Early on in my walk, in one of my first classes on biblical studies, I asked my professor, “If Satan has been defeated, if the victory has been won, what is the point of spiritual warfare and “Armageddon” and the end times? Can’t Satan read? Does he not know that he’s lost?” To my absolute shock and disappointment, my really nice professor answered, “I don’t know.”

I would go on to give this same answer myself, as there are some mysteries in Scripture, but I have come to believe that this is not one of them.


I’ve written other articles about the Gospel, salvation, and the Christian life. This isn’t those. It wouldn’t hurt for you to have a grasp on those topics, though, after considering this one.

Picture the landscape. If you believe in God, as you say, then you should recognize it. God created the world and the people in it. Satan corrupted it with sin. God created a way to overcome it through your faith in His Son, Jesus (Eph. 2:8). Until a person accepts that way, they remain corrupted.

If you do accept it, though, you enter communion with God (Rev. 21:3-4). You’re reconciled back to Him. He has you back in the perfect way He made you. Not perfect the way you and I think of it. The way God thinks of it (Matt. 5:48).

God sees perfection as the amount of unforgiven sin you have within you. This should be easy; we’re either covered in sin, or we’re spotless. If you have sought God’s forgiveness, you have no unforgiven sin within you (1 John 1:9).

Anyone who has sought forgiveness from God, or anyone who is saved, if that is easier, has the exact same amount of sin in her as early Adam and Eve—zero. When Jesus returns, all unforgiven sin in the world will be burned up, but those who sought forgiveness and received it will not (Rev. 20:15).

So, Satan’s goal is to load you up with things that you don’t want to be forgiven for—money, power, status, drugs, alcohol, sex, popularity, Vegas. He makes it so that measuring God’s importance in your life doesn’t even occur to you. Shoot, this stuff is all great! Heaven sounds boring.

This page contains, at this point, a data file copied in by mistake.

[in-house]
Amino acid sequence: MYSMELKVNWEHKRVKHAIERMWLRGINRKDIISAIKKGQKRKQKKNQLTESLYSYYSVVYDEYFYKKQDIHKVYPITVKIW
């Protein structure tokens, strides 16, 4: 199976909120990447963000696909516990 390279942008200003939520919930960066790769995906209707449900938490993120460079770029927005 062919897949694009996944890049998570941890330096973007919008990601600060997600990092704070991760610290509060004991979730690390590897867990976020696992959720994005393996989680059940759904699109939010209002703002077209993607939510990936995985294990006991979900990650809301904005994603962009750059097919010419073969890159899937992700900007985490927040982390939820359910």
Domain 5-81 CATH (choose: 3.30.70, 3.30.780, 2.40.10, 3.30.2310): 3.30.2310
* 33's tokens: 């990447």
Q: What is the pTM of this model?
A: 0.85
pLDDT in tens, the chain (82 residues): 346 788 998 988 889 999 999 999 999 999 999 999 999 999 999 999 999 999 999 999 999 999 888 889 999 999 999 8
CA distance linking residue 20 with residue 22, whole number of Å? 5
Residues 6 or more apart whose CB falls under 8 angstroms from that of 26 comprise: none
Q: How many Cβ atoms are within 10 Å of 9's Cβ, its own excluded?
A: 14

That’s great. The problem is if there is anything on this list (or your list) that you wouldn’t give up to follow God, then that battle is over.

All the enemy must do is distract you long enough to prevent you from choosing God before you die, whenever that is, and he’s won. That’s his part in spiritual warfare. Satan has certainly lost the war, but he will not go gentle into that good night.

The sobering part, he doesn’t need all of you. He only needs a piece. He still wants to win every battle (every soul) he can before the window closes. Inside of you, my friend, is one of those battles (Eph. 6:12). You have a decision to make. That is spiritual warfare. Satan can read just fine.


Fortunately for me, since I am a simple man, all of the reasons on all of the lists are the same. There is something more important to you than God. That something keeps you from pursuing a life of Christ-following, even though you believe in Him. That something is called an idol.

An idol is anything more important to you than God. Even if that anything is simply an idea of God that is more palatable to you than the God of the Bible. That breaks the first commandment all over the place. Doing so is what’s called idolatry.